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Disclosure: mabl, the ML-driven test automation service, has previously sponsored Hacker Noon.
David Smooke: You started your own company (Stackdriver) and you sold that to Google in less than two years, which is a pretty fast life cycle of a company and selling to one of the tech giants. So I guess I would ask you what advice would you recommend to the next entrepreneur to make the right decision when talking to these tech giants who are interested in buying their companies?
mabl Co-Founder & CEO Dan Belcher: My first piece of advice would be to not focus on the exit at all when you’re starting out. Focus instead on building a great product, a great team, and a company that is going to be successful in the long run, and with some luck the exit will come. Building a company for a particular type of exit is also risky because so much of it is outside of your control — what is going on internally at your potential acquirers, what are their priorities, who is in charge, what other deals have they done, etc.
To the extent that you get engaged with a company like Google or Microsoft or Amazon, my advice would be to think about the potential acquisition as just another major stage in the journey for your team and product. And before you agree to make that leap, you should spend a lot of time working through the details of what that stage will look like, everything from the roles that each of the team members will play, how the technical integration will work, who will report to whom, and so forth. I think a lot of that is generally left to get worked out after the deal, but it’s in everyone’s interests to work this out before the close — especially considering that you have more leverage and attention during these negotiations then you’ll have after. I think it’s generally the integration, not the deal itself, that will determine whether the acquisition is a success for you, your team, and the acquirer.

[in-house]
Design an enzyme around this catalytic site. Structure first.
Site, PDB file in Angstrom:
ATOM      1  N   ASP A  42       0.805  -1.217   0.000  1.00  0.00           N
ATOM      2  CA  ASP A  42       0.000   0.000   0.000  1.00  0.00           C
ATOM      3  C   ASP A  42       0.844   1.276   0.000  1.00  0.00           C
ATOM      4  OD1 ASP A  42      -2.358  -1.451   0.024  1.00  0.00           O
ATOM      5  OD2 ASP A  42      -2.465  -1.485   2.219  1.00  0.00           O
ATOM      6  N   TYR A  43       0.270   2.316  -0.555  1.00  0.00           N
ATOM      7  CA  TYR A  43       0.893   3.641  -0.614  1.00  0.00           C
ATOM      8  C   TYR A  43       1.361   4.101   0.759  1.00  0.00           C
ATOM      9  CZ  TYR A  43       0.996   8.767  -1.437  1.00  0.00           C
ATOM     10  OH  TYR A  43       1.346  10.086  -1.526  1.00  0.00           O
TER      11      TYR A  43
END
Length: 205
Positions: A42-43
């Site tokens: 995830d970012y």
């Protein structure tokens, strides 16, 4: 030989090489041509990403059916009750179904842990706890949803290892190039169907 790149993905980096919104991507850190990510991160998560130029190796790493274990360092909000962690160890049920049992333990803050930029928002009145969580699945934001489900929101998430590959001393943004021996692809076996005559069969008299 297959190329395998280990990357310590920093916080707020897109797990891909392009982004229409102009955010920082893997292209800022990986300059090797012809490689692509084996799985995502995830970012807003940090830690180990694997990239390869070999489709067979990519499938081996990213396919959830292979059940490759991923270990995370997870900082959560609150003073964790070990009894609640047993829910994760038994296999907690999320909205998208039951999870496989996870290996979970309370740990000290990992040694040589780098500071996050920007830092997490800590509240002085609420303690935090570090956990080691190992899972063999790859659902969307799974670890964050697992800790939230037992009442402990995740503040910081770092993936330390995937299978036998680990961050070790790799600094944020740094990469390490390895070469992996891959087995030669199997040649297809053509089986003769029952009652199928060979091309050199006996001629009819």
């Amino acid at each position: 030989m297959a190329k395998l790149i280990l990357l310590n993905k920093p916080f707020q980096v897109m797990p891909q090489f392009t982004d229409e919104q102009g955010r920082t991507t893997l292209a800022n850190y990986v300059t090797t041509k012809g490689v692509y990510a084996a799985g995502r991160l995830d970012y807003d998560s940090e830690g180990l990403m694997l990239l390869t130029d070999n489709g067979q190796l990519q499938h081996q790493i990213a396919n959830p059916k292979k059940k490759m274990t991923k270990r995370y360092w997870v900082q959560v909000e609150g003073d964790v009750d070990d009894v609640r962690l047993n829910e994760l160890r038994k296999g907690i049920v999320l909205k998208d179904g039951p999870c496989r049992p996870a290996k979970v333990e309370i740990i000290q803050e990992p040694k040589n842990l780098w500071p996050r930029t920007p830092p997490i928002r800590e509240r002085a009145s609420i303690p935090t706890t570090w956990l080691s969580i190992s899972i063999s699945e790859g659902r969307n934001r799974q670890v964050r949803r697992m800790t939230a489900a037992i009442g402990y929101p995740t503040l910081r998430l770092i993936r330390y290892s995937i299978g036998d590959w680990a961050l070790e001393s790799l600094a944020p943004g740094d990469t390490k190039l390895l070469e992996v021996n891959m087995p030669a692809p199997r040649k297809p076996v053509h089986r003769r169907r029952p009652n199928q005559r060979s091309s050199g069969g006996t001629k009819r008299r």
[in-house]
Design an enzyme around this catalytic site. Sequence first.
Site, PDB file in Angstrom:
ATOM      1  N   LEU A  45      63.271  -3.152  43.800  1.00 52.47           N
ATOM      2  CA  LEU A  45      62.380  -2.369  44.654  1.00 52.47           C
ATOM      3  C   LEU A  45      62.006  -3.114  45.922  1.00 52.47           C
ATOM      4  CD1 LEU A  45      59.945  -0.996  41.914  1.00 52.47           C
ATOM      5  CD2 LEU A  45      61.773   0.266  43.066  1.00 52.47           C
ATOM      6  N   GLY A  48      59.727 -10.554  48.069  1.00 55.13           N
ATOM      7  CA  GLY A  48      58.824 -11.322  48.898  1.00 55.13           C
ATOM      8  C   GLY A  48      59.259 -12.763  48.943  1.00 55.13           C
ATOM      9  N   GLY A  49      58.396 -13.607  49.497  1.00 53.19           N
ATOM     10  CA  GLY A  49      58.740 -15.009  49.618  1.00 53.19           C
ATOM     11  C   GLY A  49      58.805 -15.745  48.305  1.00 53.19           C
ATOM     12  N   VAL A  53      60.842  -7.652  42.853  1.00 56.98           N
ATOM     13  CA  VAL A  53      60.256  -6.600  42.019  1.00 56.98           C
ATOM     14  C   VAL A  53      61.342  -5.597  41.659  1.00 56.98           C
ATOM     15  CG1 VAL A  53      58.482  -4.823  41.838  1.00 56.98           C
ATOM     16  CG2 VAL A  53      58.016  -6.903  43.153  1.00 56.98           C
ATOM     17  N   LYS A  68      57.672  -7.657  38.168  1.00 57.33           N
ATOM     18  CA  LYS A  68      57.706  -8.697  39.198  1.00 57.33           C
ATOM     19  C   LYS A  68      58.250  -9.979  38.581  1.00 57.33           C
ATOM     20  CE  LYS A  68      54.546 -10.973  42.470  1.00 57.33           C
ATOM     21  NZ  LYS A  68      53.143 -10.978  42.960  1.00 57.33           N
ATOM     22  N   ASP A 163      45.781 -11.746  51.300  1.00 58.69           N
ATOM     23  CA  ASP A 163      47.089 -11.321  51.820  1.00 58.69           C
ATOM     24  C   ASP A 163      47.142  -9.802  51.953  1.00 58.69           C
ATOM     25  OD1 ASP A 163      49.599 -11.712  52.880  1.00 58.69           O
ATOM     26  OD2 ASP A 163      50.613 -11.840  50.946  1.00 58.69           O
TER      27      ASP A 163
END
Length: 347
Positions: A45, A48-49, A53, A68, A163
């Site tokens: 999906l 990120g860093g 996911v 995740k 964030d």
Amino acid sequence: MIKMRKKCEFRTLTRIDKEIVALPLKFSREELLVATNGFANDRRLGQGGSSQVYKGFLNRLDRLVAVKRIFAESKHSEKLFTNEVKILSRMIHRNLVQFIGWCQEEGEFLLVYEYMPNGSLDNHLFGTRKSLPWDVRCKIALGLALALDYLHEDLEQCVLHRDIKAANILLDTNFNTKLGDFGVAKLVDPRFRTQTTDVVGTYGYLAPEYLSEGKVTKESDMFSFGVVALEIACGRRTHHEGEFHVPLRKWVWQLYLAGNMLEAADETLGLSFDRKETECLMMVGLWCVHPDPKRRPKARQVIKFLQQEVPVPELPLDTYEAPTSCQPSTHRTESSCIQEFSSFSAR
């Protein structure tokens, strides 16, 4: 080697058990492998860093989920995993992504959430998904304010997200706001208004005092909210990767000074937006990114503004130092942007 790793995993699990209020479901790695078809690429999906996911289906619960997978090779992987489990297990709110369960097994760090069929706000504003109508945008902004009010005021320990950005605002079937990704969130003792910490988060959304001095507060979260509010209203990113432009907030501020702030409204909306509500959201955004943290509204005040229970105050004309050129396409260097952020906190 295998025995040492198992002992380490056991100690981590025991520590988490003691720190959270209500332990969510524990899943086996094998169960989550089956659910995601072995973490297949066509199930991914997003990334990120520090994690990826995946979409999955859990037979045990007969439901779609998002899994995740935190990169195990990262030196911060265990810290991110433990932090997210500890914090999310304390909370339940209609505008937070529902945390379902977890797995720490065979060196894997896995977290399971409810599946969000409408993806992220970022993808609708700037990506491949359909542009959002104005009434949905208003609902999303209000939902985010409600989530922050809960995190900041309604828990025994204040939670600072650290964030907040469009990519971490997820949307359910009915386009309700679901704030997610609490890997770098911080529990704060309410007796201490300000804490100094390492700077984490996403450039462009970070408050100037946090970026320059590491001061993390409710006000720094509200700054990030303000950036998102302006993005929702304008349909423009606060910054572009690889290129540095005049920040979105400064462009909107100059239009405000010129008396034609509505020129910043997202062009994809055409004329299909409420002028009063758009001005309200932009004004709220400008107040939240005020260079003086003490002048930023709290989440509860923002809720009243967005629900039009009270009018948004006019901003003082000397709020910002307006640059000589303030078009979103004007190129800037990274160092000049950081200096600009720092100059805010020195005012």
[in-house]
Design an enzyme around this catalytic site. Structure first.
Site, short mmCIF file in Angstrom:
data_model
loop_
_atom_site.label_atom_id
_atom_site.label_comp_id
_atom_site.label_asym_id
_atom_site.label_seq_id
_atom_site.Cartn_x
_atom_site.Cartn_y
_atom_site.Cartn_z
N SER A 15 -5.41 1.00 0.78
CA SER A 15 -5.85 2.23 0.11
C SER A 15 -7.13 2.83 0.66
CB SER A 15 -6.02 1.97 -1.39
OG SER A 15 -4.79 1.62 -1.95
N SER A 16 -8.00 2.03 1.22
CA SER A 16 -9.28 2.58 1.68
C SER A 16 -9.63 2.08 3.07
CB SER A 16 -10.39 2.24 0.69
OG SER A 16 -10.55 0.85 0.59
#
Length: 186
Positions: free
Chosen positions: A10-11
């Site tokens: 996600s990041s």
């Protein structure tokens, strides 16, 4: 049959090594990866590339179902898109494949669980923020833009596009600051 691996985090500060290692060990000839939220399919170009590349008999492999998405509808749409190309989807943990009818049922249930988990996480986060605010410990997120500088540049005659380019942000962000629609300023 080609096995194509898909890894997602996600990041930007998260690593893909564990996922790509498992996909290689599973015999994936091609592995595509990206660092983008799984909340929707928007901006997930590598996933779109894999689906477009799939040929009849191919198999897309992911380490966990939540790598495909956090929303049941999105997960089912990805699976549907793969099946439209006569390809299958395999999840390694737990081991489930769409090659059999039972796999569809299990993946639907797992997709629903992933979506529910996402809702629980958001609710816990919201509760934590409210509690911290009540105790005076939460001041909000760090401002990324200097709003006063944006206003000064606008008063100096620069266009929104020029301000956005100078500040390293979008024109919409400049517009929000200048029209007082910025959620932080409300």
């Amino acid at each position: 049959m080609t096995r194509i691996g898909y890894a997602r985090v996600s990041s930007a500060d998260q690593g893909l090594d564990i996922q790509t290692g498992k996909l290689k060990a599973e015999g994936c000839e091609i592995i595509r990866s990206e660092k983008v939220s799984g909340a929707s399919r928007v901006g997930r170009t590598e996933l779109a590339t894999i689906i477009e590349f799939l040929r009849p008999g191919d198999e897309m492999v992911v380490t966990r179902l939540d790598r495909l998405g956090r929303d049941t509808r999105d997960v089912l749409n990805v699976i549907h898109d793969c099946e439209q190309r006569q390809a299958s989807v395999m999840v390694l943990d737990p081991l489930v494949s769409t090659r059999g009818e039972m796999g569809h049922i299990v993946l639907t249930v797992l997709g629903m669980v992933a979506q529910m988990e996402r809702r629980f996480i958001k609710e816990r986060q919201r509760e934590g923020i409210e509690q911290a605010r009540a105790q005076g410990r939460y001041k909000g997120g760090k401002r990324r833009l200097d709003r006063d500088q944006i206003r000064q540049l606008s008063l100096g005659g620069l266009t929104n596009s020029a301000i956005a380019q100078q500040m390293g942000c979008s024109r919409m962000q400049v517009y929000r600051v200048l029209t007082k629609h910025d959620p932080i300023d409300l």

“Think about the potential acquisition as just another major stage in the journey for your team and product.”
David: Yeah, that’s a great perspective… I mean if it’s not a successful company, no one wants to buy it.
Dan Belcher: Right, I think so much of this is about the people, you know the people who are sponsoring the deal, the people you’re going to work with, your team at the new company, etc. The financial side of it is one thing but boy, you really want to be sure that everybody 2, 3, 4, 5 years down the road feels like it was a career highlight after the acquisition, not the one big event.
Read the rest of the interview: The Entrepreneurial Journey of mabl Co-Founder Dan Belcher & mabl Uses AI to Bring Software Testing into the DevOps Era.
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